Each year, the university selects a theme as its yearlong initiative to cultivate a common intellectual conversation. Designed to enhance student participation and foster a sense of community, the Common Experience brings students together to read and engage with books and other works of art, to listen to visiting speakers, and to engage in classroom discussions in order to explore issues in our society. This year, the Common Experience theme highlights issues such as racial disparity in sentencing and the war on drugs, among other problems in our justice system.
Professor Steve Wilson’s graduate course, “Literature and the Criminal Mind,” provides a model for tackling similar issues in this year’s Common Experience. Professor Wilson’s course offers students the opportunity to read literature through the lens of criminal narrators and their experiences in the justice system. As the course description on his course syllabus suggests, “The goal is to explore the various ways in which texts portray the criminal mind.” While reading novels such as Junky by William S. Burroughs and Pimp by Iceberg Slim, students examine topics such as guilt, psychology and crime, social attitudes toward crime and criminals, redemption, “fugitive” language (as Burroughs phrases it) and punishment.
To get an understanding of how this course relates to this year’s Common Experience theme, I visited one of their discussions. On a muggy October night in Flowers Hall, the students explored ways that literature can bridge the gap between “criminals” and society.
“People are capable of incredible empathy, and literature helps us connect with each other,” Patrick Funderburg said. As the students’ discussion demonstrated, reading texts sympathetic to people unlike them forced them to wrestle with conceptions of right and wrong. This invariably led to questions of justice and fairness in the criminal system. “Criminals can absolutely become a victim of the justice system,” said Eden Jasuta, turning the discussion toward systemic inequalities of racial bias that occurs in all stages of the penal system. But when asked if these texts offer solutions, John McClellan shook his head: “The best literature doesn’t answer questions; it asks them,” he argued.
As the Common Theme and students in Professor Wilson’s class illustrate, it’s one thing to identify the problem, but it’s another thing entirely to find solutions. While the humanizing power of literature can help readers develop a more complex understanding of criminals, a compelling narrative still can’t solve the primary focus of this year’s Common Experience theme: the problem of mass incarceration in America. But as this student-led discussion suggests, complicating one’s conception of what it takes to commit a crime can go a long way in overturning previously held biases and prejudices. This suggests that a first step in addressing our overcrowded prisons is to read stories about the people inside, and read them not as outsiders, but as the criminals themselves see it.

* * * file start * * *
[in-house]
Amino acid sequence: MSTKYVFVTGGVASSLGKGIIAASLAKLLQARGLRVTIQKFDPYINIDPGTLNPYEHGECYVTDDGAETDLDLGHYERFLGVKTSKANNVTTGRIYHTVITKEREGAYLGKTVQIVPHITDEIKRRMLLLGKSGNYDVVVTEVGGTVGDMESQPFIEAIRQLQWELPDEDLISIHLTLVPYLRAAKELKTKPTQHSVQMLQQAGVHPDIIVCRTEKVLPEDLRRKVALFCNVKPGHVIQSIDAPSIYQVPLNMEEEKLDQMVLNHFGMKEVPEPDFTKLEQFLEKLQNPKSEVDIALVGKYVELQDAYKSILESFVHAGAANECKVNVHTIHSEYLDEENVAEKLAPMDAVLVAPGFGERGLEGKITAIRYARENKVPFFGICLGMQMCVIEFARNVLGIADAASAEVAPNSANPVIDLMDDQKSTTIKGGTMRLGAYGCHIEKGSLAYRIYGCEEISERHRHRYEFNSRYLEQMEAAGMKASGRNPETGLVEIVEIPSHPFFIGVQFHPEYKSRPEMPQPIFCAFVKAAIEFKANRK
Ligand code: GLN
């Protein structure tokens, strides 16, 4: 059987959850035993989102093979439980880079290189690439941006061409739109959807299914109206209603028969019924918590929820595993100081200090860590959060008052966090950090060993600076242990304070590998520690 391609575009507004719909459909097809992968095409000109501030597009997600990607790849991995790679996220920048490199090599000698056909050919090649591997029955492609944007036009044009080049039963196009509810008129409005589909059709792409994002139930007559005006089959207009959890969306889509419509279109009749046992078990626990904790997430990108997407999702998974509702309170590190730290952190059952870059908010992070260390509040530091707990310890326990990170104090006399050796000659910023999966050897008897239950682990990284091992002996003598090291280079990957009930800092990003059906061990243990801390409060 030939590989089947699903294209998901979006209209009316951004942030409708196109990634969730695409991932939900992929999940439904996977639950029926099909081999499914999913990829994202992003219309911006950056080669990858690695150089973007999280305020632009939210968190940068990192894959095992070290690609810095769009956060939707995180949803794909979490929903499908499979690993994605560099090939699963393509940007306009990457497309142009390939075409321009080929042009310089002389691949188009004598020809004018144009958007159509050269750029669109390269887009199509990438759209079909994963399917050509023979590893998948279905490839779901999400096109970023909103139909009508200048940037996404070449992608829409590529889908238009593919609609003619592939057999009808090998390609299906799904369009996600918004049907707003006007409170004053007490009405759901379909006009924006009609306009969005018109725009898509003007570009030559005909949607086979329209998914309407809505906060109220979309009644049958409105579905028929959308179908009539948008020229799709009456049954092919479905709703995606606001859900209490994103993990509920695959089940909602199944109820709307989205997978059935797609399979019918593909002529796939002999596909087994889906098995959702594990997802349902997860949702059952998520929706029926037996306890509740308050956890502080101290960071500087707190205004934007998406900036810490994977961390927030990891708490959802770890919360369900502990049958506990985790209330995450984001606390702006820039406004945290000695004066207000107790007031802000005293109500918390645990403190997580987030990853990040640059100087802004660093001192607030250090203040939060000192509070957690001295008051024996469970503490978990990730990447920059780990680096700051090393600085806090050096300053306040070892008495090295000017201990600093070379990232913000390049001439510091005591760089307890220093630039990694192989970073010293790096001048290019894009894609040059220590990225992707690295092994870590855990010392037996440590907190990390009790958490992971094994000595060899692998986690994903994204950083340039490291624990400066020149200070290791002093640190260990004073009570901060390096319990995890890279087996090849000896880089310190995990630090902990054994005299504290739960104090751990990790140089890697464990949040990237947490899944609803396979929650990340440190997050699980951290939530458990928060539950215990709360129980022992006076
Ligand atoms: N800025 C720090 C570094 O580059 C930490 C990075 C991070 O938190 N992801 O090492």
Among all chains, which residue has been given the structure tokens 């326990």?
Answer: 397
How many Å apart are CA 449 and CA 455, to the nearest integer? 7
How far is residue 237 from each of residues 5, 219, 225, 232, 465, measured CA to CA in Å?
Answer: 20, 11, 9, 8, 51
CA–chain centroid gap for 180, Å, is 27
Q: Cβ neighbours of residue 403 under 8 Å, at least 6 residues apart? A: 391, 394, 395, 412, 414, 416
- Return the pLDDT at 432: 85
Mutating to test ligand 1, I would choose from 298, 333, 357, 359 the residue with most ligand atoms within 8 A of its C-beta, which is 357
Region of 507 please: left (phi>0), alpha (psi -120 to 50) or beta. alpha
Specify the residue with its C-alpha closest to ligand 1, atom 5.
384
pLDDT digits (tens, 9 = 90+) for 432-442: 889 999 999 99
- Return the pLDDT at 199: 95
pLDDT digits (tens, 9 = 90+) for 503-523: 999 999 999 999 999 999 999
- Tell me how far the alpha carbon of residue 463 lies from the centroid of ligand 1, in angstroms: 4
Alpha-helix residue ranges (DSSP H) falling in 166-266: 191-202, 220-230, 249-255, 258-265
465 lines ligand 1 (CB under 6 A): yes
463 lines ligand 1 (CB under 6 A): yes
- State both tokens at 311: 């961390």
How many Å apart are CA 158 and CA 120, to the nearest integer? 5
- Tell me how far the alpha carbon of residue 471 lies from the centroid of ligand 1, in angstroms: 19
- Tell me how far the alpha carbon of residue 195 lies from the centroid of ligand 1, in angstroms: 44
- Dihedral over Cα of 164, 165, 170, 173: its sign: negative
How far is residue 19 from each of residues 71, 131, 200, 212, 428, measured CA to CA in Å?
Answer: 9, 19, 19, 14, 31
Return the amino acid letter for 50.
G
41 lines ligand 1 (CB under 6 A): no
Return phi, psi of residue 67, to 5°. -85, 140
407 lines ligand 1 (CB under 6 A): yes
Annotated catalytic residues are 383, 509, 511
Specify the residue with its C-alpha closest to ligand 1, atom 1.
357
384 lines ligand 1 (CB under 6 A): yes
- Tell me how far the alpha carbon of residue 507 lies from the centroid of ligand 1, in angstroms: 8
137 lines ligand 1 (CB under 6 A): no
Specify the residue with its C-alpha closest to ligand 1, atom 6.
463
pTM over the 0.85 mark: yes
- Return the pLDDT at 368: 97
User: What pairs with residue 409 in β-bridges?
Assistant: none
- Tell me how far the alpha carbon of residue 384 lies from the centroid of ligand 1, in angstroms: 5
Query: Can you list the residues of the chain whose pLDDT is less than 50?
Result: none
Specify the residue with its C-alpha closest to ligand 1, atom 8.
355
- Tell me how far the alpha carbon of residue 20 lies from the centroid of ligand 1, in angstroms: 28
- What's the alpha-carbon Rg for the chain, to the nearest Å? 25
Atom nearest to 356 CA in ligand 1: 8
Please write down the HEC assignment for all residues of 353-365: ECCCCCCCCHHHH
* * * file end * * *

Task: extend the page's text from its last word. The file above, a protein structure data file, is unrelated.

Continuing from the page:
To illustrate this idea, Katharine Kistler used the example of a drug addict. “People say drug addiction is the addict’s choice, but it’s more complicated,” she said while reflecting on Junky, Burroughs’s fictionalized account of using and peddling heroin in the 1950s and its similarity to the War on Drugs. Lisa Magnusson agreed with her, adding, “People get out of prison and go right back out to scratch that itch.”
Unfortunately, the numbers support this claim. Possession and drug-related charges are one of the more common ways people end up with a felony. Compounding the problem, a majority of prisoners suffer from some form of substance abuse, but only 11% receive treatment while incarcerated, according to the Center on Addiction.
In addition to addiction and justice, the class and the Common Experience explore what happens after the offender has paid their debt to society. Regardless of the nature of the crime, a felony conviction will remain on a person’s record forever. With today’s availability of Internet databases, employers can dig into every candidate’s background and often pass on those with a record. This action can hamper the ex-convict’s search for housing and government benefits such as food stamps. As Tyler Newlin argued, “A felony nowadays is a life sentence.”
While these students may not ever have answers to the questions this year’s Common Theme asks them to consider, the number of people in prison for drug possession proves that the need for critically thinking students grows in relation to the prison population. One day, these students might have power to change the system. Ultimately, the idea that having difficult conversations may empower them to improve the world is an idea that lies at the heart of our democracy, and it’s the goal of a humanities education.
–Gloria Russell, English major